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Grapevine: Fresh Grocer deal sours?

Efforts to secure Fresh Grocer as an anchor for a key Camden redevelopment project may be in jeopardy, a tipster said, but two people involved with the plan say that's not the case. Fresh Grocer reps, however, stayed silent last week.

Grapevine Development managing partner Randy Cherkas, whose firm is spearheading the $76 million project on Haddon Avenue, disputed the notion that the deal was falling apart. He said negotiations with the regional supermarket chain are ongoing after the parties signed a letter of intent last year.

Meanwhile, Coopers Ferry Partnership President David Foster said he makes contact with the project's planners "almost daily," and that "as far as I'm concerned, we're fully expecting the lease … to be finalized shortly." The partnership, a nonprofit focused on economic development in Camden, is among several entities affiliated with the project.

But Fresh Grocer remained tight-lipped about the situation last week. Messages left for Fresh Grocer's Grant McLoughlin, executive vice president, and Carly Spross, marketing director, were not returned.

The coalition, which also includes Camden County and Our Lady of Lourdes Medical Center, seeks to redevelop a blighted 20-acre site near the city hospital with a new, 55,000-square-foot grocery story, 34,000 square feet of office space and structured parking. In September, the state Economic Development Authority awarded the project a $50.3 million tax credit under the Urban Transit Hub program.

Crashing the scene, again

It won't sink her gubernatorial campaign, but Barbara Buono endured an embarrassing news cycle last week after suffering minor injuries in a car crash in Franklin Township. The cops even ticketed her for not wearing a seat belt.

But a different traffic stop just over the border in New Brunswick in 1994 created a whole different news cycle for Buono, one that helped vault her into the state Assembly. In 1994, Buono looked like she had an uphill battle in a special election against incumbent Republican Joanna Gregory-Scocchi for the 18th District seat.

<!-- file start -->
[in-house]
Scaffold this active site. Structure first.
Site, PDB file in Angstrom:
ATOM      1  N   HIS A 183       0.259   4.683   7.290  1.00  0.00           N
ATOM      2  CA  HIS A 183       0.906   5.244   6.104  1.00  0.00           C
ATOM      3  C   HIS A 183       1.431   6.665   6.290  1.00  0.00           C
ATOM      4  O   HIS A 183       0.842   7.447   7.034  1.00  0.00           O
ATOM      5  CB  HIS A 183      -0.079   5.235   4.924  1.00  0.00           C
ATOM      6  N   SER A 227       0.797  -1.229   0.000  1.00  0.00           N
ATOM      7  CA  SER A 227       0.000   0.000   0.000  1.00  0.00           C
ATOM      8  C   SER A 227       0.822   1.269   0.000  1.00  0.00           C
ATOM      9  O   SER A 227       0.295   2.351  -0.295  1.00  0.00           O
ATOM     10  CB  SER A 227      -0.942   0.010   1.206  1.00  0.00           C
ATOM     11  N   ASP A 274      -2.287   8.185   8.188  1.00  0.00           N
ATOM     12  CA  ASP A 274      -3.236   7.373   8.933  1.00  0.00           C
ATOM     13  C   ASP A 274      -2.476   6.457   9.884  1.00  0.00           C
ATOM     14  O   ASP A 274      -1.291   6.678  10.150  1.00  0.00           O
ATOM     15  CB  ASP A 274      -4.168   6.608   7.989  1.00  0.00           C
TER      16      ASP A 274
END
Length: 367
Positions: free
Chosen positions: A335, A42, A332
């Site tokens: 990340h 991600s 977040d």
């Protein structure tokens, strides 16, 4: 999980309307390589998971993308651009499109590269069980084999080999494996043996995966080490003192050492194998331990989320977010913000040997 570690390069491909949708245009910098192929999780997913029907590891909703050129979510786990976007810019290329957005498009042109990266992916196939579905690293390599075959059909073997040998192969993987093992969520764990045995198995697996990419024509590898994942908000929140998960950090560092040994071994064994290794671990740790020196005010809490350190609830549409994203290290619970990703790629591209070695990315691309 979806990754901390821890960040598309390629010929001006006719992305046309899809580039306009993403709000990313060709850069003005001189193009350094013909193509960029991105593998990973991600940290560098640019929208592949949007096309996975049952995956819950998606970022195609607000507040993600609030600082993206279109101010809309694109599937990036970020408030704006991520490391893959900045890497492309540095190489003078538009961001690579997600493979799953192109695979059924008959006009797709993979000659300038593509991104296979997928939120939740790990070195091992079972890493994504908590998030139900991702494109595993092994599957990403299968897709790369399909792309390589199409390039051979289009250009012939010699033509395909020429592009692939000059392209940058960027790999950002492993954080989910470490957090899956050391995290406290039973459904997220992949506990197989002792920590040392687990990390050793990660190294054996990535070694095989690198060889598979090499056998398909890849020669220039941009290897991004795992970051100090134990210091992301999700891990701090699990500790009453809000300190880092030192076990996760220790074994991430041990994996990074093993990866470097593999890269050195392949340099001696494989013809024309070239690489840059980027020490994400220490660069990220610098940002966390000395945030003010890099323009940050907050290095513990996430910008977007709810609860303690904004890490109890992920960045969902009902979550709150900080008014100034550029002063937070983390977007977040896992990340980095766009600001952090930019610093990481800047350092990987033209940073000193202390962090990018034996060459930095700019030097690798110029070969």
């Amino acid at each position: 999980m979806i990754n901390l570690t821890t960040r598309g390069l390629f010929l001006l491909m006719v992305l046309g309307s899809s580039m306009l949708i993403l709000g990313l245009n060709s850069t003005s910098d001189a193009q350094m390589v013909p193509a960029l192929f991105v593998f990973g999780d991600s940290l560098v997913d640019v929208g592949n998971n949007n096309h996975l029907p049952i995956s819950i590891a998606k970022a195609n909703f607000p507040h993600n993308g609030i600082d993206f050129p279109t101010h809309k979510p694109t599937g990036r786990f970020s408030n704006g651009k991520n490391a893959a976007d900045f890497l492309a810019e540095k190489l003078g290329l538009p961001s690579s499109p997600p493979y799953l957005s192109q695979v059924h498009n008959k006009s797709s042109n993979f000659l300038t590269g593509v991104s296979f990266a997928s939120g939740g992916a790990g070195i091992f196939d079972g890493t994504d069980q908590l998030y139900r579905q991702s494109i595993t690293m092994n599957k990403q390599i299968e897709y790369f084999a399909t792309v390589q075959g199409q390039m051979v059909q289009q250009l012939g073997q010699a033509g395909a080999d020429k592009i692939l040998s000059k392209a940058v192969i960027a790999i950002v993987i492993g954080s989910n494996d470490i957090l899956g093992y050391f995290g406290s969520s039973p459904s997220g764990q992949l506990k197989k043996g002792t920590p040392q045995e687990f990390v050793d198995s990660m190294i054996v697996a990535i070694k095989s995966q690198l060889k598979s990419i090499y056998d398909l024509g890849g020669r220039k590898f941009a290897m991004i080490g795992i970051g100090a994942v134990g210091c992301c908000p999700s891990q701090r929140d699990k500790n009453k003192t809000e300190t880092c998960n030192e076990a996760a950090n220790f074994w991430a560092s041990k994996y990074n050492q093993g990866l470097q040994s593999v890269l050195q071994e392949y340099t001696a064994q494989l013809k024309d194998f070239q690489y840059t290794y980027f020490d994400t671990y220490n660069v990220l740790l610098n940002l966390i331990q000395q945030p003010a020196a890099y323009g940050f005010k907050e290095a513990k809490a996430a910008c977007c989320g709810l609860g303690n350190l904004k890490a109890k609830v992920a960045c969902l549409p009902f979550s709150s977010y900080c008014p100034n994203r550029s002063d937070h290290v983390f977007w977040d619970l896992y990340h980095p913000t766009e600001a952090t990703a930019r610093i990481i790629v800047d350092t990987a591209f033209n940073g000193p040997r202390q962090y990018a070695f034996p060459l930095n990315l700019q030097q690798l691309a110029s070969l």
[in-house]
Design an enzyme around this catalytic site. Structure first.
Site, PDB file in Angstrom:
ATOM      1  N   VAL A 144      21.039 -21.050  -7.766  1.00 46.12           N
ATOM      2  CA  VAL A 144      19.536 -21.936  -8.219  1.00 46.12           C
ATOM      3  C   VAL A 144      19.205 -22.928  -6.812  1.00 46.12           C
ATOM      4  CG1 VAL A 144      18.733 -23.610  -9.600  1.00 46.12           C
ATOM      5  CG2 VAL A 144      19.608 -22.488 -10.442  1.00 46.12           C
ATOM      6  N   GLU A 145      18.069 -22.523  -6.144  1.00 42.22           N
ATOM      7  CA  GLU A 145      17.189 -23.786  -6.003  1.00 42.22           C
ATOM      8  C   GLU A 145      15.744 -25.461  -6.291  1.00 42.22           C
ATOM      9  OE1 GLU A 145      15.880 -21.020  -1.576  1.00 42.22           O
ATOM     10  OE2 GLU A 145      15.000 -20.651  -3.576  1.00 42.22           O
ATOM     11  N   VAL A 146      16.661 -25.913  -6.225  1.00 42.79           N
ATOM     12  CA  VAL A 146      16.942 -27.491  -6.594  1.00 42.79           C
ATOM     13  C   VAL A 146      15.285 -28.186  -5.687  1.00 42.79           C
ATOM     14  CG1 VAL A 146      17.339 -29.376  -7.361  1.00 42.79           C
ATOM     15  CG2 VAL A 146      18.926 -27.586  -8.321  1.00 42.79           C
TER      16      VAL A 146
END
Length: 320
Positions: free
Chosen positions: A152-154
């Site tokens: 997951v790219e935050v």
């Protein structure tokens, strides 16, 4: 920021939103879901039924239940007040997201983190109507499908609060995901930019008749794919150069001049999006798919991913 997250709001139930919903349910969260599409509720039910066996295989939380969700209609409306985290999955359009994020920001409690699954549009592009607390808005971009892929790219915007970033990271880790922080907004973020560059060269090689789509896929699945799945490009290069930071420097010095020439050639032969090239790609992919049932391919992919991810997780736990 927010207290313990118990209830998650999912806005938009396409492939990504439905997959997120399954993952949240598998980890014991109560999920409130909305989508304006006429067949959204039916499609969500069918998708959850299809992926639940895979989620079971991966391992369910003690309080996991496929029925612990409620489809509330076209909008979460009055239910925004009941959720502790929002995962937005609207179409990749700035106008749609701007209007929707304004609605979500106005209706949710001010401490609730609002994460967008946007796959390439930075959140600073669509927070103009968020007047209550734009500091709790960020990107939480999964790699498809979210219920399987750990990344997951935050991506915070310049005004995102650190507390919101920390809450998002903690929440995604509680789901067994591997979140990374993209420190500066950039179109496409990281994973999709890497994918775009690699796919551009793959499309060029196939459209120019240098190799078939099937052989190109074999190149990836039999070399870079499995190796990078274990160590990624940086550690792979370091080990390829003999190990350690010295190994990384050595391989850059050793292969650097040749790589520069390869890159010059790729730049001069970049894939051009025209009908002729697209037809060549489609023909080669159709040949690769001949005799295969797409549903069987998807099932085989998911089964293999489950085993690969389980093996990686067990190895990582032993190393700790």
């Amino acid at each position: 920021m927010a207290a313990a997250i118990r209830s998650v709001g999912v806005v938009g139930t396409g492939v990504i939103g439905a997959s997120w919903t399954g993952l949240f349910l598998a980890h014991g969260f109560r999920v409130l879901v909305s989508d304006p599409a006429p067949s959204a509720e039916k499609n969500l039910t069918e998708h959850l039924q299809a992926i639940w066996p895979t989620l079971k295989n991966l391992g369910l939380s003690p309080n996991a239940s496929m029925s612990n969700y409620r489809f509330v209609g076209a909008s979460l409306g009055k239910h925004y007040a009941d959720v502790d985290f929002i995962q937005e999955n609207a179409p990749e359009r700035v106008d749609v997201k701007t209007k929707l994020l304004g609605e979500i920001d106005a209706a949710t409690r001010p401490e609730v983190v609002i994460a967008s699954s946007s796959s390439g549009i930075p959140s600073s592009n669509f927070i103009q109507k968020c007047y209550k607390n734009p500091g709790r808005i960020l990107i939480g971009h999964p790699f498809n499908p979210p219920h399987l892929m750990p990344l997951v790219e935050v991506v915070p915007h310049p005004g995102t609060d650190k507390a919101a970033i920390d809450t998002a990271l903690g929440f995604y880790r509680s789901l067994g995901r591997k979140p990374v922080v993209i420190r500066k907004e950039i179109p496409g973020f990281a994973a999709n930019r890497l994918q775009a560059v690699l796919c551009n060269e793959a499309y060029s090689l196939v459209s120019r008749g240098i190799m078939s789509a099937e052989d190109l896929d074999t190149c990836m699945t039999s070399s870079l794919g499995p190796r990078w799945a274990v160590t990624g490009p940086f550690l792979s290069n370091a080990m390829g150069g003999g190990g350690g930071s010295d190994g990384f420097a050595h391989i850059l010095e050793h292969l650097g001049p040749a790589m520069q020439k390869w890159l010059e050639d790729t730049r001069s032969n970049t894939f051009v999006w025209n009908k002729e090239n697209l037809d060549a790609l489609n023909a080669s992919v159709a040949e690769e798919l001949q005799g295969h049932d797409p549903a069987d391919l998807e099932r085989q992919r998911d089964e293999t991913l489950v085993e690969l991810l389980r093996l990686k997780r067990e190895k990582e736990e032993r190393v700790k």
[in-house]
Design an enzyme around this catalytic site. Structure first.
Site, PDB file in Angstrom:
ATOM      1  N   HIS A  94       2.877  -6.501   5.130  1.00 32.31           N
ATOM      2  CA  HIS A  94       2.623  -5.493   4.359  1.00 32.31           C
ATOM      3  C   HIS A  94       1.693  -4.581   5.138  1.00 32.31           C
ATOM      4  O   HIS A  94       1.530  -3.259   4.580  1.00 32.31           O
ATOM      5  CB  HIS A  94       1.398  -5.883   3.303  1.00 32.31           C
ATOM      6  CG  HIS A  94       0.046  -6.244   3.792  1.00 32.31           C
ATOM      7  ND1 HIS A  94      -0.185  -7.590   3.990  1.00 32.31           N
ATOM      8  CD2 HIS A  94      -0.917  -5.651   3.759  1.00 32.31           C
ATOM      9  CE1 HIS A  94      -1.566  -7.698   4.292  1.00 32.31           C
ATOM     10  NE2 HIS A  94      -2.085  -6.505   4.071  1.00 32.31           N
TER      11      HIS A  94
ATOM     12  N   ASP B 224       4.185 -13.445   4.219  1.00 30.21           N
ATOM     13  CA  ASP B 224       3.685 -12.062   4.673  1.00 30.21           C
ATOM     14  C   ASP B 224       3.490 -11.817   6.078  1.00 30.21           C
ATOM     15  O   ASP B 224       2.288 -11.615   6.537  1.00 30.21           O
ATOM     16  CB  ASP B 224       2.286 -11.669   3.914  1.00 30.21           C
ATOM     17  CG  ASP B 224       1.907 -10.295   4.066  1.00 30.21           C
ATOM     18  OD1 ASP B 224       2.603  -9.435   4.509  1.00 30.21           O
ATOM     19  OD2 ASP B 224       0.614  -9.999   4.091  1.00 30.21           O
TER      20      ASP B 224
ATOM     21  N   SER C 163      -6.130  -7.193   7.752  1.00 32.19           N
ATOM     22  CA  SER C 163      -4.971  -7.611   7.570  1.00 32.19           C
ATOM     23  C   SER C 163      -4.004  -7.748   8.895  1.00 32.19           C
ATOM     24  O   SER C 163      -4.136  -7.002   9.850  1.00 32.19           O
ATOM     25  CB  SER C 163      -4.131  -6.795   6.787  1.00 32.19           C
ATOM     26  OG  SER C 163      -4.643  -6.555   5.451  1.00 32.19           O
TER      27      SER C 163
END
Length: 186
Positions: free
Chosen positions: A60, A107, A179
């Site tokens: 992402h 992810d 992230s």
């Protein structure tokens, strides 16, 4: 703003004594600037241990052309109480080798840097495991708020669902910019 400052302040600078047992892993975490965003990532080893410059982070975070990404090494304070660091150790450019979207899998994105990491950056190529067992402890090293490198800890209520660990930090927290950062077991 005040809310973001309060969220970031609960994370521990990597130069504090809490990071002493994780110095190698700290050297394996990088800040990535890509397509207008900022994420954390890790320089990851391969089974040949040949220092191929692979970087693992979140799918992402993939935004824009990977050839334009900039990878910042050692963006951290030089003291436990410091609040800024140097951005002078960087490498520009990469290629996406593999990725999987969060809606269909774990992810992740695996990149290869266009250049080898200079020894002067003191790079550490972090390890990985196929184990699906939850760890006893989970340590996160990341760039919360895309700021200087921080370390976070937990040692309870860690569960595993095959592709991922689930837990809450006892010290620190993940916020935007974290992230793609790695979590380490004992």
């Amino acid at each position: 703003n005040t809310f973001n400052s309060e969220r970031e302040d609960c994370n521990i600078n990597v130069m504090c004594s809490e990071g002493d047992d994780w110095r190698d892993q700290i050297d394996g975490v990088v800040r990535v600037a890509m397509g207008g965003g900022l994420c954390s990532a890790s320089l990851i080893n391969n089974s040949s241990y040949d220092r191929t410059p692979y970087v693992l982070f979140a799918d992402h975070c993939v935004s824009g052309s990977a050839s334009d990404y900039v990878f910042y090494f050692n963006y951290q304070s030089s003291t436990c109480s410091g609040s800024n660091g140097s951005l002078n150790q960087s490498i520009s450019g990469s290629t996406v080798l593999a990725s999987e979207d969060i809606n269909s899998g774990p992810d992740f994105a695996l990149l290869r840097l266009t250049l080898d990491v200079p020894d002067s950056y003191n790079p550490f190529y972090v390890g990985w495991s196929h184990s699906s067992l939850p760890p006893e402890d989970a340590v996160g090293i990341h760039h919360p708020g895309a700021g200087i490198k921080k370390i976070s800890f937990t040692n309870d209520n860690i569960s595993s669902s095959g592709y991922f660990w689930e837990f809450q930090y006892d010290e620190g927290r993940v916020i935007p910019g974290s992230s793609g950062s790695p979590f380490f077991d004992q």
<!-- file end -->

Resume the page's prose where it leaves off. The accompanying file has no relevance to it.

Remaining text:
Then, New Brunswick law enforcement stopped a van used by Gregory-Scocchi's temporary employment firm and found it held illegal immigrants, according to PolitickerNJ archives. A few weeks before the election, U.S. Immigration and Naturalization agents raided Gregory-Scocchi's place of business, those reports said.

The Democrats made the most of it, running border-themed campaign ads, and Buono cruised to victory.

Jon Corzine famously made his "I should be dead" commercial after his no-seat-belt crash.
But somehow it seems like the 2013 Buono campaign won't spend TV money on this latest
traffic stop.

Unsure on insurers

New Jersey's new health insurance exchange opens for business Oct. 1, under the federal Affordable Care Act, and it remains to be seen how many health insurers will sign up to sell health plans.

A close watcher of the health insurance industry tells Grapevine that national health insurers probably will participate in some state exchanges, but not others, because some states will present a more favorable business opportunity than others. This source predicted that some insurers may bypass New Jersey, but the state could see the entrance of new players who have not sold health insurance here in the past.

"I think it will be very interesting in New Jersey," this source said. "You may have some of the traditional players not playing in the New Jersey market, and some of the nontraditional players may try to step into New Jersey."

Under the ACA, open enrollment begins Oct. 1 on the exchange, and the health plans take effect Jan. 1, 2014. The ACA requires most Americans to have health coverage by 2014, and low- and moderate-income individuals and their families will receive federal subsidies on the exchange to make their health plans more affordable.

The subsidies are on a sliding scale and are more generous for those with lower incomes, and they phase out at four times the federal poverty level, or about $92,000 a year for a family of four. The Rutgers Center for State Health Policy estimates that more than 300,000 New Jerseyans will be eligible for some level of subsidy on the exchange.

Grapevine reports on the behind-the-scenes buzz in the business community. Contact Editor Sharon Waters at sharonw@njbiz.com.

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